Survivorman VR is designed to teach real survival skills
Survival games are popular. The tricks from Survivorman VR should even help you in the real wilderness.
The prequel of Survivorman VR: Into the Descent sounds like the initial situation of a typical survival game. After a plane crash, players find themselves in a remote, snowy mountain world where they struggle to survive and, ideally, are later rescued.
Instead of hard work, base building and rather useless crafting mechanics, the focus here is on techniques that should help in the real wilderness. Behind the Survivorman brand is the Canadian TV series of the same name with a similar theme.
Survival sim instead of VR game
"I’ve spent decades challenging myself and showing people what it is like to survive in the most extreme situations," said Survivorman creator and star Les Stroud in an official release. "I’ve worked closely with Cream to ensure Survivorman VR is as authentic as possible, so that when you head into these challenges, you’ll go through everything I do any time I step into the great outdoors."
The fundamental question of the series, he says, is always whether "stranded people" survive in the wilderness, even after they've lost everything.
Stroud's survival experiences from a good 35 years have been incorporated into the virtual reality game in many ways, he says. As a setting, developer studio Cream Productions has chosen a scenario that doesn't seem so far-fetched in sparsely populated Canada. After the crash, the game ends with just the wreckage and a lot of snow.
Enemies or weapons do not play a role, values such as body temperature, hunger, or exhaustion do. A compass from the machine helps with orientation.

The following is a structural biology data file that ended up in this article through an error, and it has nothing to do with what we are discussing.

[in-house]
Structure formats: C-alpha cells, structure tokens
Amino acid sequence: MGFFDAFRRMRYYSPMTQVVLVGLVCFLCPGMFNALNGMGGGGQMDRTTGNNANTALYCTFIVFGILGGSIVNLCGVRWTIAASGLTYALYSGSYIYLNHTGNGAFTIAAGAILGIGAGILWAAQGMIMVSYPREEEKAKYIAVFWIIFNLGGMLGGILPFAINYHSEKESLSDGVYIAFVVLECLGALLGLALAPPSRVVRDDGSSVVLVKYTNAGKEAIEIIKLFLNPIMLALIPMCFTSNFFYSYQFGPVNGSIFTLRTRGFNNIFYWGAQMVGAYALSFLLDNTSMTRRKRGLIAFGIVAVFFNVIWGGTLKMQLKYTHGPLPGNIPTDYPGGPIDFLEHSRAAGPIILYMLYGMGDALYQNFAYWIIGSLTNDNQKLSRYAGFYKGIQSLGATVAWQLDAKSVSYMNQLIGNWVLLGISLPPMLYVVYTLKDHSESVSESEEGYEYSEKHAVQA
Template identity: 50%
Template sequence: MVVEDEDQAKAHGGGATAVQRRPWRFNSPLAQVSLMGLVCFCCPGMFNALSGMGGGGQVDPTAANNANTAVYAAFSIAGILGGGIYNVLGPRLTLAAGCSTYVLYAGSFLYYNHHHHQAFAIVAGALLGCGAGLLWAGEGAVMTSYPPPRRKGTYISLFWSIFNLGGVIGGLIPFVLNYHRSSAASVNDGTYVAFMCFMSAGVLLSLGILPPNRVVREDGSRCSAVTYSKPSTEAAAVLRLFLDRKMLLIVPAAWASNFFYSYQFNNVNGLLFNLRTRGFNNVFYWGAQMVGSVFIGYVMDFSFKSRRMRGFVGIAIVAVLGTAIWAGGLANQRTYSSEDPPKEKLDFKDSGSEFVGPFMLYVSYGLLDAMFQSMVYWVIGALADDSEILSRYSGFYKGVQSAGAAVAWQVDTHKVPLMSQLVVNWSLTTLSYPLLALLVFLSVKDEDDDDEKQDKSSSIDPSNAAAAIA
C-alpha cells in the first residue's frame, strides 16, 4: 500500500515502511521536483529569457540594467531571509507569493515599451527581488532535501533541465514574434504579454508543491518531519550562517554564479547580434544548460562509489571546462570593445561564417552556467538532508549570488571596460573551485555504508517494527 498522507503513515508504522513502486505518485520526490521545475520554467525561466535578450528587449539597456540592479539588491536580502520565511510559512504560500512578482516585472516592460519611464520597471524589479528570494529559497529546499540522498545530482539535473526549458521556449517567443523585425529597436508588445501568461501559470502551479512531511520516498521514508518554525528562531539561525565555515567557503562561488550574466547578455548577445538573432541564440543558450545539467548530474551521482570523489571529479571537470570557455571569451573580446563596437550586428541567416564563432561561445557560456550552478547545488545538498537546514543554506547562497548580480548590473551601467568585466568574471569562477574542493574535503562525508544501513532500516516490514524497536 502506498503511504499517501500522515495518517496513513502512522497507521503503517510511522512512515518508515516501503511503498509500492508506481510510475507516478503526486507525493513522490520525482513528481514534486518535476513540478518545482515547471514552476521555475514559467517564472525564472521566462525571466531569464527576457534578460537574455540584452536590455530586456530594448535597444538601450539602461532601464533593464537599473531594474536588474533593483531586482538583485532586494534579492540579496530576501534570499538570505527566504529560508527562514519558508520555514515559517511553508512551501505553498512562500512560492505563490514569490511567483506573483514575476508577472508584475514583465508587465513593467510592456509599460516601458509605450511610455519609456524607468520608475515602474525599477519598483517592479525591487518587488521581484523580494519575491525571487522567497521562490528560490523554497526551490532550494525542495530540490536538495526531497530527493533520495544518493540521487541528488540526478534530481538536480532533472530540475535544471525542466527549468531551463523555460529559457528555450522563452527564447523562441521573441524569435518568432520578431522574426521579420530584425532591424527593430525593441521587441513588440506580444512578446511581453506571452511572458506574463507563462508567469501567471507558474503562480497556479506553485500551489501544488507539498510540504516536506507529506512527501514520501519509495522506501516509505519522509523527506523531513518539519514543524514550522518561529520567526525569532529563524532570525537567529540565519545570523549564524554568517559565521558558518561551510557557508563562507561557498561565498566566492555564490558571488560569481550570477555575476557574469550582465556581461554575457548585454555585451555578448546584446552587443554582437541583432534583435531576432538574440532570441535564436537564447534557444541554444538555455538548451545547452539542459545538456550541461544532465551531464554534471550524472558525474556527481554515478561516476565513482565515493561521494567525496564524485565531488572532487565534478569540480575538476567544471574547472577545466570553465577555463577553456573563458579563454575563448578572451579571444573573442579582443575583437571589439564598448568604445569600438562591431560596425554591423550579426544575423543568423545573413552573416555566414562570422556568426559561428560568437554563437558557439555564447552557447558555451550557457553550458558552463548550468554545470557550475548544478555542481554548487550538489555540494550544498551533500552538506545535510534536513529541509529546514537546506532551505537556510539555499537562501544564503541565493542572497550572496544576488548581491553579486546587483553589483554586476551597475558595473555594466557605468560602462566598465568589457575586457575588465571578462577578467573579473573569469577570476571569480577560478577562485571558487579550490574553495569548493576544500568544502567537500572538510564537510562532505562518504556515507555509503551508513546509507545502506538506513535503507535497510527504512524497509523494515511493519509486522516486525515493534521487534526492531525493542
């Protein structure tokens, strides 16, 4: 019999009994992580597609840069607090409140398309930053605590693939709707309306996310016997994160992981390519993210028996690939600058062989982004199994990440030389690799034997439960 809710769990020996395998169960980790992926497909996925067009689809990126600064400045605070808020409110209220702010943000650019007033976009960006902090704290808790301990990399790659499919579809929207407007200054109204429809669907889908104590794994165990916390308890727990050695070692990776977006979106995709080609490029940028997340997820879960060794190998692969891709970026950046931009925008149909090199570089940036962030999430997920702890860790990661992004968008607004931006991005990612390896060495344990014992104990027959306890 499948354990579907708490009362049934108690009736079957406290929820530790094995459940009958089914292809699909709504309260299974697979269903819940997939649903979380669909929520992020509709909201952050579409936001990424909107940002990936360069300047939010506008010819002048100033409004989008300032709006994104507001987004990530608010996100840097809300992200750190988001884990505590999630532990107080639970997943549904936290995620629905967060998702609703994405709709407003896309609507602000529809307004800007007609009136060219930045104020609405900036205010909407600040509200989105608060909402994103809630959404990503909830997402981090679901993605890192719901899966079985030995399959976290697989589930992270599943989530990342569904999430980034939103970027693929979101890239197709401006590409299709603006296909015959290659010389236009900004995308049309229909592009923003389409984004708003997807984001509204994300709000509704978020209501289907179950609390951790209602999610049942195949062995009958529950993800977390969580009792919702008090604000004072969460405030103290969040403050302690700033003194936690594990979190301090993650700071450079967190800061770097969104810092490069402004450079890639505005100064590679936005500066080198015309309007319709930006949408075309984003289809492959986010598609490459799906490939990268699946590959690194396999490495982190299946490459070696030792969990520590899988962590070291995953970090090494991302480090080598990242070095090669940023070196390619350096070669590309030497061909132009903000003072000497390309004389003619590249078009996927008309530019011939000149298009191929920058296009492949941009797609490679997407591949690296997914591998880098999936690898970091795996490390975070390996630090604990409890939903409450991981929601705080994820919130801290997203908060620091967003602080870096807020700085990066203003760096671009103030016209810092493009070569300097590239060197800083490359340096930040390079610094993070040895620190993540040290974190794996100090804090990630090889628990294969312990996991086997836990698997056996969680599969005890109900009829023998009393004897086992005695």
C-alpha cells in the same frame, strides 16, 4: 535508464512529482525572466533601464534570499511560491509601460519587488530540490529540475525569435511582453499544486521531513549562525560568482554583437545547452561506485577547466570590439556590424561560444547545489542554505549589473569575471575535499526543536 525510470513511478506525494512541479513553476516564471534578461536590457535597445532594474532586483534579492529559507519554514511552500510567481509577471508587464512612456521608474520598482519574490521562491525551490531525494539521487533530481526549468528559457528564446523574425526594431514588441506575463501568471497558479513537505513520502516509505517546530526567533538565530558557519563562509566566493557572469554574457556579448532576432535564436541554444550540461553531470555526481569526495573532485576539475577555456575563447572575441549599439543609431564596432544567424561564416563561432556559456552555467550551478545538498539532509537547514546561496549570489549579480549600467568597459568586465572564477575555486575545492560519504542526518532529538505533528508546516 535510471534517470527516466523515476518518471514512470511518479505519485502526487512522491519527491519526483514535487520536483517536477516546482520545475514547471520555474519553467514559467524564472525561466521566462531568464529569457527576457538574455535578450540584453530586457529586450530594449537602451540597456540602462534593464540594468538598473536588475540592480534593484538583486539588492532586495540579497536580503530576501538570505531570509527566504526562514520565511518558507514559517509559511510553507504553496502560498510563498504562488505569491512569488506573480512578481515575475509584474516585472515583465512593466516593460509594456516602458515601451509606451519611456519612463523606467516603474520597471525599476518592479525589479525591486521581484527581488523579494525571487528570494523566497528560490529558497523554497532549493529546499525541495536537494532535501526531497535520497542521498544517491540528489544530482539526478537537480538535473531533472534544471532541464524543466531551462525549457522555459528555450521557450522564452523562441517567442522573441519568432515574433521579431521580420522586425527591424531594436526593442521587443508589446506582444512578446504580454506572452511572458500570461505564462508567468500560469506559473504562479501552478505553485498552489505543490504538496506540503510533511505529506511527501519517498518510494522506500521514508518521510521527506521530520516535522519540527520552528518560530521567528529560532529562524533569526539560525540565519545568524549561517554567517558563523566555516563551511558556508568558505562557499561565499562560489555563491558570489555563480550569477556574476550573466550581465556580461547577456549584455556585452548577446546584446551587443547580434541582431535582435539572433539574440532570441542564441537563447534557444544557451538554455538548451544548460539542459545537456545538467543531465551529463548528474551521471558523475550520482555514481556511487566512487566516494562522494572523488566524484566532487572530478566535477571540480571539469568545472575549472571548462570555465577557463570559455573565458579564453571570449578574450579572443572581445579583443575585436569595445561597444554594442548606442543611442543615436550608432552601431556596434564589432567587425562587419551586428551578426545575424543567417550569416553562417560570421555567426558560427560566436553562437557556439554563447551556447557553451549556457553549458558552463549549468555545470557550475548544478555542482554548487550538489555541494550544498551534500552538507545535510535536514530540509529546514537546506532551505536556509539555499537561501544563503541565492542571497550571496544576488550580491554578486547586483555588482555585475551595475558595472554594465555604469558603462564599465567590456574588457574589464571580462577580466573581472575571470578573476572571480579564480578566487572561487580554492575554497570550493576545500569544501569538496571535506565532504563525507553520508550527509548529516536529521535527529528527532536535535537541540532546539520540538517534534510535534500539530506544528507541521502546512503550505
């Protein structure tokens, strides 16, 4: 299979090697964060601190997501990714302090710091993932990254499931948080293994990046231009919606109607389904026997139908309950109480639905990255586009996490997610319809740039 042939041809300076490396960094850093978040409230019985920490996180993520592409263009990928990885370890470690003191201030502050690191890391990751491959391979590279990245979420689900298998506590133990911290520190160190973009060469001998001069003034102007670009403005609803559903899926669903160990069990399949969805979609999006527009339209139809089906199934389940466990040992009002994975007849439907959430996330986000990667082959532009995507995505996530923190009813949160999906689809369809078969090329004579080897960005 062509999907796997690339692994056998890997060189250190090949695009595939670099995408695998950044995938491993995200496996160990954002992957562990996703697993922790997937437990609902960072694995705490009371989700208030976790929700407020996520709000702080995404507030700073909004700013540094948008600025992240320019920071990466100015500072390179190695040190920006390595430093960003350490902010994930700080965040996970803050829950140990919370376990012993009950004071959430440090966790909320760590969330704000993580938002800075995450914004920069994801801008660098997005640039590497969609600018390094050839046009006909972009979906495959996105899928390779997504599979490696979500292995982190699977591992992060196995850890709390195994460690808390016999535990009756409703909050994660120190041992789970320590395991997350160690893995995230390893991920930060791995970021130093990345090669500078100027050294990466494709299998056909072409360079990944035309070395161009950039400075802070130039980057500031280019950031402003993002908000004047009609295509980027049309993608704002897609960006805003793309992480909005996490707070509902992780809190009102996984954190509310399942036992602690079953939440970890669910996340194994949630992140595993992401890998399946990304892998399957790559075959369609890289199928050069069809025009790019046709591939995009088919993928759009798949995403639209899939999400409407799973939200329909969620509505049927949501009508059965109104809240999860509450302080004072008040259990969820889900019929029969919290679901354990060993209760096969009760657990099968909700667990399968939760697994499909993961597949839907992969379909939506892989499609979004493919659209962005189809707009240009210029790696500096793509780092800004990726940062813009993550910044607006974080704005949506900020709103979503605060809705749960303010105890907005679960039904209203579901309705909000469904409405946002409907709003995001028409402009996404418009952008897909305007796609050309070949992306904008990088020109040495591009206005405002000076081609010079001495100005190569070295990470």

A knife helps to cut or unscrew useful pieces of wreckage, which are stowed on the belt or in the backpack. The blade is also used for sparks at an improvised fireplace.
Survival for Quest 2 and PC-VR
This is how you escape death by frostbite and Les Stroud's mocking comments. As far as his appearance is concerned, the studio allows itself a little creative freedom in the simulation: The survival expert appears to the players again and again in visions to give valuable tips.
To represent him in the game as authentically as possible, Cream uses the specially developed "Dynamic Digital Humans" (DDH) system. The avatar of the Canadian TV star is created together with the "SIRT" research center at Sheridan College. It is also researching avatar animation for other games and films.
If the game is successful, further survival scenarios are possible. Whether these could be updates, paid DLC chapters or further series parts for VR headsets is open. However, it seems possible that VR survival games like Into the Radius VR, Green Hell, or Song in the Smoke will have more authentic competition in the future.
Survivorman VR receives financial support from the Canada Media Fund, the Canadian province of Ontario, and Meta. In addition to the original optimized for Quest 2, a version for PC VR is also in the works. Price and release date are not yet known.